The whey to make your own cheese

I have always wanted to have a go at making my own cheese but have always been put off by my assumption of the need for complex ingredients and equipment. Then I found this recipe for Labneh a simple cheese that can in made in 24 to 48 hours. This inspired me to look for more easy cheese recipes.

I bought some whole milk, 500g of Greek yogurt, a pack of clean dishcloths to use as cheese cloths and some more honey.

Straining Yogurt

Straining Yogurt (Photo credit: eekim)

Making the Labneh was very simple. I mixed salt into the yogurt. I placed one of my clothes inside my colander covering the holes and then poured my salt yogurt mix into this. I brought the edges together ensuring none of the mix escaped and sealed it at the top with a food clip (the recipe suggested elastic or string but I used the first thing that came to hand). Then I left this mix to drip over a bowl for the next 24 hours.

Next, feeling a bit braver, I moved on to making my own curds and whey. I used the recipe from wiki how: to attempt this. I boiled two cups of milk. Then I turned the hob off and mixed in 4 teaspoons of vinegar leaving the pan on the hob. I left the pan for about seven minutes then strained the mixture through my substitute cheesecloth lined colander. I doubled up my cloths for the next bit just in case. I squeezed water (this is the whey) out of my curds and then skipped the option to add salt before hanging this next to my Labneh to drip. Next time I make this I will probably try adding herbs at the salt stage but this time I wanted to try the basic cheese before I began to experiment with the flavour.

3 hours later- checking on my curds and whey I found my small parcel solid enough to place in the fridge. My Labneh mix was still very soft I placed this in the fridge too. I tied both to the shelf above allowing them to continue to drip. I now had two cheese mixes which needed to be left a minimum of twenty four hours to mature.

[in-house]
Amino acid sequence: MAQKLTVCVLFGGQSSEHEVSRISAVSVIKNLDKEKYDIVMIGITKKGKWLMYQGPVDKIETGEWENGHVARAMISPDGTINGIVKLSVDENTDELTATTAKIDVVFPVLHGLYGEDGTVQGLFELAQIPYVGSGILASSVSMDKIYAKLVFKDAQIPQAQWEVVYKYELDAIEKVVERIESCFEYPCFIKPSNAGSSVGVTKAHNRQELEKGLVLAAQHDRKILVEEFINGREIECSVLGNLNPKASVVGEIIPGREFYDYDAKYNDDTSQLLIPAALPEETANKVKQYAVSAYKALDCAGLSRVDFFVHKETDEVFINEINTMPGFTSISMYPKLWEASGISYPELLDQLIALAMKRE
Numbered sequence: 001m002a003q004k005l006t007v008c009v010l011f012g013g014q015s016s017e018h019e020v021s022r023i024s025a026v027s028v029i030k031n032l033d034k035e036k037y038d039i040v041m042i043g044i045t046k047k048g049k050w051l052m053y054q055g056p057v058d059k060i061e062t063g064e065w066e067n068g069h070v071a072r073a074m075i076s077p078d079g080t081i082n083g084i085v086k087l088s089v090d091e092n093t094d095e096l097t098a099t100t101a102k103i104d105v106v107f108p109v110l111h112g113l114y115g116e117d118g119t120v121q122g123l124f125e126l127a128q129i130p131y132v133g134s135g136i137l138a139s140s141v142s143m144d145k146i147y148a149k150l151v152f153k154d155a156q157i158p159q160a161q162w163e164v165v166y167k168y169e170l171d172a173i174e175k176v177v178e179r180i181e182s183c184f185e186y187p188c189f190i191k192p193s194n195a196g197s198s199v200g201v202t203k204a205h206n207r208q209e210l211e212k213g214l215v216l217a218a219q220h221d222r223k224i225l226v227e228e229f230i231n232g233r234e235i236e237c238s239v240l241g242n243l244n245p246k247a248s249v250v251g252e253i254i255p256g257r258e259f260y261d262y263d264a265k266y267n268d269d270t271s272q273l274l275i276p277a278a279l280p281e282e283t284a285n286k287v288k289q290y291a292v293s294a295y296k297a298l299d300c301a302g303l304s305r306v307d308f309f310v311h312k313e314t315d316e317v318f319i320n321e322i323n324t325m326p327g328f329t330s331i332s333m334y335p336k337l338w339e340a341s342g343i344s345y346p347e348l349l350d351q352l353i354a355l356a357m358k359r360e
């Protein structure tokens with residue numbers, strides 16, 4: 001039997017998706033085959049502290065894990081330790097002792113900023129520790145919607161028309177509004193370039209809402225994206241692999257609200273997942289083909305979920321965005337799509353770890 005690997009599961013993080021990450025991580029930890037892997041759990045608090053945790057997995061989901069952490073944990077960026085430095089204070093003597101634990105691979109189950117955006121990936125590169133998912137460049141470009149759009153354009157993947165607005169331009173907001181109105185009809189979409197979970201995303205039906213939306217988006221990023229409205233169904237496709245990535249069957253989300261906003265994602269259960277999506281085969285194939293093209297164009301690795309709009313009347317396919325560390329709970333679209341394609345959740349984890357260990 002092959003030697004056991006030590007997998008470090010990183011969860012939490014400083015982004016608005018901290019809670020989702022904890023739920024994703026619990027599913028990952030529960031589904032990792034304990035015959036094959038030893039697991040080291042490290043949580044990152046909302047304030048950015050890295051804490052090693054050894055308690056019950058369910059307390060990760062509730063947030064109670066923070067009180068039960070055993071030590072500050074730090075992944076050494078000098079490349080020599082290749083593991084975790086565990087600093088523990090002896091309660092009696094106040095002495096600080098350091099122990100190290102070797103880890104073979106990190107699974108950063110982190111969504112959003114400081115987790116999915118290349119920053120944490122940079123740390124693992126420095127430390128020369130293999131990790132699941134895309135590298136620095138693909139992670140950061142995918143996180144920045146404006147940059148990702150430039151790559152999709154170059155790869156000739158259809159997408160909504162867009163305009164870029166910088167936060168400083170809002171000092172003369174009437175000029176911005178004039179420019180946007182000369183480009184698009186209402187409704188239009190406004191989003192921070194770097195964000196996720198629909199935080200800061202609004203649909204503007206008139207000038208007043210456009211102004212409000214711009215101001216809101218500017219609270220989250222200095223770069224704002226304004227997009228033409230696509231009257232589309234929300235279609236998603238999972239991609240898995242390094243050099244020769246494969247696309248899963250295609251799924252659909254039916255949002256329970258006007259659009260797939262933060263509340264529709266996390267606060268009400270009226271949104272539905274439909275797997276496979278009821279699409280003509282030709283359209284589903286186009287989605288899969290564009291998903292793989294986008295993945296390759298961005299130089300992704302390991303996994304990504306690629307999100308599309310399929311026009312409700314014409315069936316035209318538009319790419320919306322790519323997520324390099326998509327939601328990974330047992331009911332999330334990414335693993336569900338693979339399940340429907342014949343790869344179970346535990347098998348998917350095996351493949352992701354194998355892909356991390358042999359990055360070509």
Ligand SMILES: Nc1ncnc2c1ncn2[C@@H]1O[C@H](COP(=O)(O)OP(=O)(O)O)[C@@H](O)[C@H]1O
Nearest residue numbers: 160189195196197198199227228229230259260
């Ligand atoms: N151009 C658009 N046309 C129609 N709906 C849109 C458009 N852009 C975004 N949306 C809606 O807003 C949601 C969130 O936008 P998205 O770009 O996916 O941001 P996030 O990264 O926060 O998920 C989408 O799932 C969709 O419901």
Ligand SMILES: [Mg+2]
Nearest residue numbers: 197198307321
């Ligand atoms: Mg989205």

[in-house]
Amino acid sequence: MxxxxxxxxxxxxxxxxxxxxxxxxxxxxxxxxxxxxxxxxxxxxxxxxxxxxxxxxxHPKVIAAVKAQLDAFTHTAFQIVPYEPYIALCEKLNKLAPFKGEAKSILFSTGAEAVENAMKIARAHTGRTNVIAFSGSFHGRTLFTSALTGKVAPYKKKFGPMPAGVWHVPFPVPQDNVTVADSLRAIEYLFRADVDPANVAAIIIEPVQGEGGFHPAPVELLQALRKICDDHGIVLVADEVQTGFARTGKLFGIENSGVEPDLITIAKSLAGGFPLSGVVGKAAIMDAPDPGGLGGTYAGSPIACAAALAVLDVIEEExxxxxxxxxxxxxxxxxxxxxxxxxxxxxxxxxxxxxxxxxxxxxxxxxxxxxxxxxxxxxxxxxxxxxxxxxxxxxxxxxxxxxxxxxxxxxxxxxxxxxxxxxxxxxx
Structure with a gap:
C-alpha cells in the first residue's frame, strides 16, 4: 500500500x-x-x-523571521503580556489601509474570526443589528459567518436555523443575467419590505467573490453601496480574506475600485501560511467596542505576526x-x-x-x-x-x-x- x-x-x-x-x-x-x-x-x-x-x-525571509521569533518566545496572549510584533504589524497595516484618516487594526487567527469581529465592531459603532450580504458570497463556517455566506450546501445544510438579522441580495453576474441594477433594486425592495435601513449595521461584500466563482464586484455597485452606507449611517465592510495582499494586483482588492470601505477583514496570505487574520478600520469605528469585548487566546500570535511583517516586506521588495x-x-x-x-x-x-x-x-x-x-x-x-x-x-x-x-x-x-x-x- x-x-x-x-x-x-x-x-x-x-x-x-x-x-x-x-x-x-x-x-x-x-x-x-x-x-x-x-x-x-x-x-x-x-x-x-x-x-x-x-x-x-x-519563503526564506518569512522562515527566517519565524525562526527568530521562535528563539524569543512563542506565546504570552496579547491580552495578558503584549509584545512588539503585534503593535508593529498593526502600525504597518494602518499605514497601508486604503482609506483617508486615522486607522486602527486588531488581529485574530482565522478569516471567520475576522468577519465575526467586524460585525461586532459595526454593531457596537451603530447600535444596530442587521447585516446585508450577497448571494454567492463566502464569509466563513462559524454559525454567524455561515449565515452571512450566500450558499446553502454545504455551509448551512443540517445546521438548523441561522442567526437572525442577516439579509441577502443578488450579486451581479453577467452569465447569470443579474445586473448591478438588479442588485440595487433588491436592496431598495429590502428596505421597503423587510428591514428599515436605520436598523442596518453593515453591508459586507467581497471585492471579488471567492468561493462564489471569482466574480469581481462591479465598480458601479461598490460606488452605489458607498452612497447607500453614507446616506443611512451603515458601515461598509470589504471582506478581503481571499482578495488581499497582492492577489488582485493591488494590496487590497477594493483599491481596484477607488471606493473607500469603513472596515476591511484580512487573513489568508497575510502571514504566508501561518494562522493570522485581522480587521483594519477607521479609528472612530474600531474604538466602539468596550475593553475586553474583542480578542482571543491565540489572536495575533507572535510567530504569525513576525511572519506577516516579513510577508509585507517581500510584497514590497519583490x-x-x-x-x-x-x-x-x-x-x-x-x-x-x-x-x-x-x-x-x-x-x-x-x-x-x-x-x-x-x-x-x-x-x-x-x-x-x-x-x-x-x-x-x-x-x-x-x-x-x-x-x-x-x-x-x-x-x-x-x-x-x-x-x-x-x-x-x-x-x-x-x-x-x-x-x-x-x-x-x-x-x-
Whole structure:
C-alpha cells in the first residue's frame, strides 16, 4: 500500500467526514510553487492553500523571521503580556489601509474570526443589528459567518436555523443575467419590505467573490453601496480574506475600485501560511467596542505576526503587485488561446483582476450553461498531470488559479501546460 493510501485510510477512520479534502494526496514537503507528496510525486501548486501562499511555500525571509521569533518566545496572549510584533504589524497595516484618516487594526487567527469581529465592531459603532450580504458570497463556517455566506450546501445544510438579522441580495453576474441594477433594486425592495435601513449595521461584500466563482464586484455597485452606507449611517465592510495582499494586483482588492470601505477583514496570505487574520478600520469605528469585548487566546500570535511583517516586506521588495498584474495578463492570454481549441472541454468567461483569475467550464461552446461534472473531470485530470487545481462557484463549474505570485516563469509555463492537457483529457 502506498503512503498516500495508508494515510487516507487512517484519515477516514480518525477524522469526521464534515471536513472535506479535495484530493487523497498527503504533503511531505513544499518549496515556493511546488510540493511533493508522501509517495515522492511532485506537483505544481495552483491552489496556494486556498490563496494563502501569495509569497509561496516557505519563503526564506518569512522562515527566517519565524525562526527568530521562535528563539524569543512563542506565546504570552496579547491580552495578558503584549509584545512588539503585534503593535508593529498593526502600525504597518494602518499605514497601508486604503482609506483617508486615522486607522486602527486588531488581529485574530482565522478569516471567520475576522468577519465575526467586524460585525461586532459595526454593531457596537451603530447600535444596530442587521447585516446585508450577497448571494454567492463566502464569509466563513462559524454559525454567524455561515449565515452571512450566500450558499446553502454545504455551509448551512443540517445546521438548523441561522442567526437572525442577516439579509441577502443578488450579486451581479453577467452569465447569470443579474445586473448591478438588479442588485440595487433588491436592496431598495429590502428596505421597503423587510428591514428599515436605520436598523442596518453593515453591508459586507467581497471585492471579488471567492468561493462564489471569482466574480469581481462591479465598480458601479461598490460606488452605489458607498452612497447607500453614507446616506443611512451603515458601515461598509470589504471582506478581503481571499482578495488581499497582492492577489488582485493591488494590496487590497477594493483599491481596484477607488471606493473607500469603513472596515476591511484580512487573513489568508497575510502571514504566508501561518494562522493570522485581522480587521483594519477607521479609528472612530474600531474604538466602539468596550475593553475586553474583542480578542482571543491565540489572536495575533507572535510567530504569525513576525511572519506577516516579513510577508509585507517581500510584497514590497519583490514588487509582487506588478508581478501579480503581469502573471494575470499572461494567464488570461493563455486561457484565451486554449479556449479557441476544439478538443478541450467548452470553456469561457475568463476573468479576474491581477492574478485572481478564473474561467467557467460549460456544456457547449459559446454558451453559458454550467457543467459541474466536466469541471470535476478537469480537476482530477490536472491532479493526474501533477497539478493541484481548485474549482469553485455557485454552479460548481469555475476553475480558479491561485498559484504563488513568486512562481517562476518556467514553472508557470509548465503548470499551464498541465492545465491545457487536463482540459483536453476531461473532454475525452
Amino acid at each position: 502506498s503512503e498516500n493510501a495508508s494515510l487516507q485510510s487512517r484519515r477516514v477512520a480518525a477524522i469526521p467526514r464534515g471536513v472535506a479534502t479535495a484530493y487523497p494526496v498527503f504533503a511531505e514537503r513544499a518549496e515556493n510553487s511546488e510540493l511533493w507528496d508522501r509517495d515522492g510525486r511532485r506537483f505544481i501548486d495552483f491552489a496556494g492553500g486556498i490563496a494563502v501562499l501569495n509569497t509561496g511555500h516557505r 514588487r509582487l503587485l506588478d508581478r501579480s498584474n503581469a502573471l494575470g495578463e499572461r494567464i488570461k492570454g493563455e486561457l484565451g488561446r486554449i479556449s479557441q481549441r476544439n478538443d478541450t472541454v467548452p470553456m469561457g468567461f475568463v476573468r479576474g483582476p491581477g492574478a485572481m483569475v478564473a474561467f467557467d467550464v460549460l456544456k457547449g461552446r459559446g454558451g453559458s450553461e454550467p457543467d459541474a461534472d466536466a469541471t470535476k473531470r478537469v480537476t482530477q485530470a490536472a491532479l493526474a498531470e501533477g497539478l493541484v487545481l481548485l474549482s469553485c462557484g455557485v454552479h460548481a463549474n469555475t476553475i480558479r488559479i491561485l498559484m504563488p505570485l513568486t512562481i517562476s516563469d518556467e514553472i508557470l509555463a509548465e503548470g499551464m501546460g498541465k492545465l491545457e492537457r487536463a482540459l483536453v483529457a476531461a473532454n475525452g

24 hours later I decided to test the cheese.

The Labneh was still very soft but had formed into a delicious creamy cheese. I tested this on toast and would definitely make it again. It was so easy that I would try this recipe again with my three year old nephew who loves helping in the kitchen.

The Curds had hardened into a solid ball and on tasting had very little flavour reminding me and my friend of mozzarella. There was also a slightly vinegary taste around the edges. This may have been due to my adding slightly more vinegar than suggested to help the curds separate from the whey. If I made this again I would buy un-homogenised milk instead of the normal whole milk.  I would also add some basic herbs to change the taste or use it on pizza instead of eating the cheese cold.

The results- This was fantastic fun and I would try it again. When I have another go I would like to try making cheese using goat’s milk instead of cows. I would also like to test the fridge life of the cheese but this would involve leaving it long enough to go off (a difficult challenge in my house).

Once again thanks for reading. I hope this has been in some way helpful and don’t forget to share your own experience.

Best wishes



P.S. Here are some picture of my cheese although forgot to take photo’s until after it had already been tasted so the recipes make more than seen.


Homemade Labneh (soft cheese) in blue cloth

Homemade Labneh (soft cheese) in blue cloth

Homemade hard cheese from curds and whey mix

Homemade hard cheese from curds and whey mix


6 thoughts on “The whey to make your own cheese

  1. Lots of the factors you mentioned in this document are accurate, and i also concur with them. Concurrently there are actually several that i have to argue with you on. Both way, I do enjoy you posting this article.

  2. Hey AffordableLiving that is a good question. Each cheese was about the same size as a small ball of mozzarella. I bought a four litre bottle of whole milk and still have loads left over so could have made more cheese. When making the labneh you have to get a 500g pot of yogurt which cost me £1 as all the own-brand yogurt was light so did not contain enough fat. I would make them both again and think the cost is about the same to shop bought. Hope this helps.

  3. In terms of economics, does this work out more or about the same or less expensive than if you just went and bought it? Obviously it does look like a lot of fun and I’ll put it on my ‘to-do’ list with new found confidence but I have to think of the economics. And how much cheese was made. If I’m eating cheese for the next three weeks it wouldn’t be terrible but I like to know these things. Thanks for sharing. 🙂

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